The main goal of the 151st Tank Brigade in the 45th Army was guarding the border. The army, commanded by Lieutenant-General F.N. Remezov was located on the border with Iran. On May 21st, 1942, in the port city of Bandar Shah (now Bandar Torkaman), a receiving department for imported tanks was formed. The tanks themselves were only shipped to the USSR in the end of the summer, but trucks and various other Lend-Lease cargo used that route as well. The 45th Army and the 151st brigade guarded those supplies. In July, Tetrarch T.9328 was sent to Kubinka.
On January 1st, 1943, the 151st Tank Brigade (25 T-26es and 19 MK-7s) from Leninakan, as well as the 563rd (21 M3 Lights (Russian Vehicle Note 48) and 9 M4A2s (Russian Vehicle Note 50)) and 564th (10 T-34s (Russian Vehicle Note 14) and 20 T-26es (Russian Vehicle Note 6a)) Independent Tank Battalions were transferred to the Black Sea group of the Transcaucasian Front. Initially the tank brigade was subordinate to the 47th Army, where it faced its first battle.
Alas, the heroism of the tankers could not change the flow of events. Due to poor communication with artillery and retreat of the infantry, the tanks also had to fall back. Later days were spent in futility trying to break through the enemy's defenses once more.
Another tank from the 1st tank battalion was knocked out on January 27th. Thanks to energetic action on behalf of Senior Technical Lieutenant I.I. Fetisov, who personally drove another tank, the tank was evacuated from the battlefield. For his initiative, Fetisov received the "For Battle Merit" medal.
To strengthen the attack on January 31st, tanks of the 47th Army were united into one battalion commanded by Colonel Kornilov. By then, the 151st TBr reported only 14 functional tanks. On that day, the joint battalion went on to attack height 224.5. 6 tanks were lost in one day, including Bal's tank. By then, the tanks under his command destroyed 18 pillboxes and killed 70 enemy infantrymen. When Bal's tank was knocked out, he managed to drag wounded gunner Taranov from the tank, take him to the rear, and return to battle. Leading 50 infantrymen, the Senior Lieutenant managed to take the surviving pillboxes. For this, he was awarded with the "For Courage" medal. Sadly, even such heroism did not alter the overall battle.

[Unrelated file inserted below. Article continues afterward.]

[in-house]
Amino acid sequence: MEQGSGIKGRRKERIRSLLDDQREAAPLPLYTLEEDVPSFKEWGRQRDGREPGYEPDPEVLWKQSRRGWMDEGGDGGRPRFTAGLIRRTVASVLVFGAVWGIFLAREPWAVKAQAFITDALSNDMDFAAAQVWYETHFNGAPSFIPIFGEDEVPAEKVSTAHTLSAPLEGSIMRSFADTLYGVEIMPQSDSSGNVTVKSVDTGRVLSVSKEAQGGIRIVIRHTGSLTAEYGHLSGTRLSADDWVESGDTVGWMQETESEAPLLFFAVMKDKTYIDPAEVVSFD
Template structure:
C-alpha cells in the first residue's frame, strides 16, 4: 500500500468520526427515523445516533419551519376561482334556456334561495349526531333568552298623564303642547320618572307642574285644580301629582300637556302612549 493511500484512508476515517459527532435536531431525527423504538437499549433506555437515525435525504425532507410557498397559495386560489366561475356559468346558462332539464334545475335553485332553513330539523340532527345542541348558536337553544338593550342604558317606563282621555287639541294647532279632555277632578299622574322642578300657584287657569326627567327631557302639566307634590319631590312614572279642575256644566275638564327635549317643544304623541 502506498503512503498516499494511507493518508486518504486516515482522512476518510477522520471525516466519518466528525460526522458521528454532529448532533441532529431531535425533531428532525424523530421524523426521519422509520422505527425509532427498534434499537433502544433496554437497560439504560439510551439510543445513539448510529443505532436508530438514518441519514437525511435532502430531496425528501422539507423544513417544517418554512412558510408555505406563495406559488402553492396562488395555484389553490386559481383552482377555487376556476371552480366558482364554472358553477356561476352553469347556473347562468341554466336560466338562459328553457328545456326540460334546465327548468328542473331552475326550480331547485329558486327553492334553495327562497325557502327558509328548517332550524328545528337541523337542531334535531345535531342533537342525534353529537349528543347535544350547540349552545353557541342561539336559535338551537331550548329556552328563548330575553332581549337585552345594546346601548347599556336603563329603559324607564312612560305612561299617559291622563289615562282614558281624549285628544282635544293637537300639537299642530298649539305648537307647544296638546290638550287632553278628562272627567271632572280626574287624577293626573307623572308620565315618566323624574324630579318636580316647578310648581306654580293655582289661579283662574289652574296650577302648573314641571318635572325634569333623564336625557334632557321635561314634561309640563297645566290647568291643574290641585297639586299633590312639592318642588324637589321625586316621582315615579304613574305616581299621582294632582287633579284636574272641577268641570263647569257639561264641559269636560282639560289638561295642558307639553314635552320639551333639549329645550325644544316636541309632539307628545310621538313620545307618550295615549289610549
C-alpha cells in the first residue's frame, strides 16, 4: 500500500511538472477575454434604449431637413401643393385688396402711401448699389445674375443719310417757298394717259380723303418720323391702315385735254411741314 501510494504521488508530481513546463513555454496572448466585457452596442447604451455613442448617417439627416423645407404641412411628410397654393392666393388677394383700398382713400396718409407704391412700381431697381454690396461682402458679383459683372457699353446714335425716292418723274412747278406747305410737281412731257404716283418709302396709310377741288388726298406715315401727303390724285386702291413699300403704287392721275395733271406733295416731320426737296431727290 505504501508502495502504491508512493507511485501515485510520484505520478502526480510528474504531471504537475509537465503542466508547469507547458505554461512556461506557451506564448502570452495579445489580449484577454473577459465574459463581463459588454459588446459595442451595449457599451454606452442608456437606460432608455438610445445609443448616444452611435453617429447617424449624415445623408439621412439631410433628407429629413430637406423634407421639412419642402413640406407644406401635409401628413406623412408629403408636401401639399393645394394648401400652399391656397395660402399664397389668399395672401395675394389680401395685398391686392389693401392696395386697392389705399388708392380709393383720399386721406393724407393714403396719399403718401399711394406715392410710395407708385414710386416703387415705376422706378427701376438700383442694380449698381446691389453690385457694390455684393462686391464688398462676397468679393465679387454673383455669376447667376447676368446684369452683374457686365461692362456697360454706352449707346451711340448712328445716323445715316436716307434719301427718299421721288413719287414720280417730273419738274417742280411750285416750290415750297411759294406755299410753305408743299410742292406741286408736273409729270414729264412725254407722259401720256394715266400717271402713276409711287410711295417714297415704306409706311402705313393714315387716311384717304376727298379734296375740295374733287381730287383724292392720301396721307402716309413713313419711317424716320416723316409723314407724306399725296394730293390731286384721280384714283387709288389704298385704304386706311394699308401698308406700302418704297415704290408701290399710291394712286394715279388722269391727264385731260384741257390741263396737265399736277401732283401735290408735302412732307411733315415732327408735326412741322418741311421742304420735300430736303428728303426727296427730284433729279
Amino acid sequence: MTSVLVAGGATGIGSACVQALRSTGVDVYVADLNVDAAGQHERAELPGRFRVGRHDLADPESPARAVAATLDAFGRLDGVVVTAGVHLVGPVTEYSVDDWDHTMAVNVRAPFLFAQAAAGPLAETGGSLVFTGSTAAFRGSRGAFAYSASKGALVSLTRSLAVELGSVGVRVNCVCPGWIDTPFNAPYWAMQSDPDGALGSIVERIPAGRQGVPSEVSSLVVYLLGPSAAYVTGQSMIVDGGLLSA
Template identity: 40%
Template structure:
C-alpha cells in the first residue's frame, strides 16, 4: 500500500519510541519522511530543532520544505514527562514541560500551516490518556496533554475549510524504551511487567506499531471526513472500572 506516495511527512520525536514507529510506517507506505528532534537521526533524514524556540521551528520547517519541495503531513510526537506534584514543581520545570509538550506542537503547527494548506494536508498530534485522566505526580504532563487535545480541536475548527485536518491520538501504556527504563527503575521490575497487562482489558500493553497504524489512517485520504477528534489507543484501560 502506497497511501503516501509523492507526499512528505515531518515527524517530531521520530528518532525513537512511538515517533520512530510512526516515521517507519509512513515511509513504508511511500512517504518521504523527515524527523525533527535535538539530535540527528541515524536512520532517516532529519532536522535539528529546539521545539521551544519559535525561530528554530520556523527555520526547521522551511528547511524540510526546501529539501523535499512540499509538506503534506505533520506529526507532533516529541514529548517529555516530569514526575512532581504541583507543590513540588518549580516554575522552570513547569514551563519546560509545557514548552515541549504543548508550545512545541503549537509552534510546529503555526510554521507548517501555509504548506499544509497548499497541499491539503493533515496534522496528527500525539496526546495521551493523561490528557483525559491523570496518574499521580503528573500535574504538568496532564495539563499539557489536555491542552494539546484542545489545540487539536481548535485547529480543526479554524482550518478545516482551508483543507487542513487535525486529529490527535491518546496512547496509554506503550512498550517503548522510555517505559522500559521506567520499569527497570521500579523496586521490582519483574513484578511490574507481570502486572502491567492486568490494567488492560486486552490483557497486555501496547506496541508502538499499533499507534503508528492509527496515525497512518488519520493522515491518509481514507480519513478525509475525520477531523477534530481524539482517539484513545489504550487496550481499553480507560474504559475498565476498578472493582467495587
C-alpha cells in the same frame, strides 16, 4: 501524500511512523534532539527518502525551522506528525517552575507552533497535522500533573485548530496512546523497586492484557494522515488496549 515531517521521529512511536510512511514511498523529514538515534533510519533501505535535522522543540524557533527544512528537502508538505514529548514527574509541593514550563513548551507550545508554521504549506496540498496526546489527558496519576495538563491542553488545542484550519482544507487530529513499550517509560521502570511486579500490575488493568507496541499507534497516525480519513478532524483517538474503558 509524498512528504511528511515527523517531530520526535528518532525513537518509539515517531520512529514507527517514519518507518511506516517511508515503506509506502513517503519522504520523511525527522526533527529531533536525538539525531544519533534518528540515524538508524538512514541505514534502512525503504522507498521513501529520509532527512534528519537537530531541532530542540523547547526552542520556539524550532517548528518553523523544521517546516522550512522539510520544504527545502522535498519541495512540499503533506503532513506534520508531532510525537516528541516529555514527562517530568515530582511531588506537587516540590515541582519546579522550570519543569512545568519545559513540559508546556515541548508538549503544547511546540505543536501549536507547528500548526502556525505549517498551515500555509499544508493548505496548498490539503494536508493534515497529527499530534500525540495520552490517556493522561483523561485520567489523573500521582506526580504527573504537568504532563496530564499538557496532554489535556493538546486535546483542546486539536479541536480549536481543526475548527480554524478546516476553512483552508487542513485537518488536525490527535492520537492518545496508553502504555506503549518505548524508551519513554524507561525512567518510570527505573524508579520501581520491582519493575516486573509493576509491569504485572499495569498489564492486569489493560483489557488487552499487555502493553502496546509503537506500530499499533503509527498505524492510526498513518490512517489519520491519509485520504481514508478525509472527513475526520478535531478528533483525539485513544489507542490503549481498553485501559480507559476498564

As of February 1st, 1943, Kornilov's joint battalion contained 9 functional MK-7s. On that day, the tanks attacked again, but the offensive stalled without infantry support. Taking losses, Kornilov's tanks retreated to their initial positions. On the next day, the joint battalion was sent to the reserve. On February 11th, the battalion was transferred to the 216th Infantry Division, with which the tanks attacked height 224.6 the next day. The results were the same: the infantry did not support the tanks. The result was 4 burned and 5 knocked out vehicles. The attacks on subsequent days went about the same way. On February 28th, the 151st Tank Brigade was transferred to reserves and moved to the 56th Army.
In mid-March, the brigade received new tanks, including captured ones. Its own tanks, including 14 MK-7s (4 of them nonfunctional) were sent to the 563rd Independent Tank Brigade on March 19th, which took part in an unsuccessful landing at Novorossiysk. The nonfunctional tanks were sent to the 3rd Infantry Corps which used them as pillboxes in defense of the Shapsugskiy bridge.
Gradually, the Tetrarchs broke down. By the end of May, only 7 remained functional. They were transferred to the 132nd Independent Tank Regiment, which was likely not happy about this new addition. Thanks to a lack of parts and heavy use, only two tanks worked by September. There is information about transfer to the 5th Guards Tank Brigade, but it requires confirmation. One thing can be said for certain: the combat career of the Tetrarch in the Red Army was over in the fall of 1943. Not bad for a tank that served almost two years in total.
The last mention of Tetrarchs in the Red Army dates back to January of 1944. Repairs factory #66 (Tbilisi) lists 3 MK-7 tanks. 6 such vehicles were brought to the factory in 1943, but 3 of them were written off by January. The same fate awaited the remaining tanks, as no spare parts were found to repair them.
See also Russian Vehicle Note N & Note LL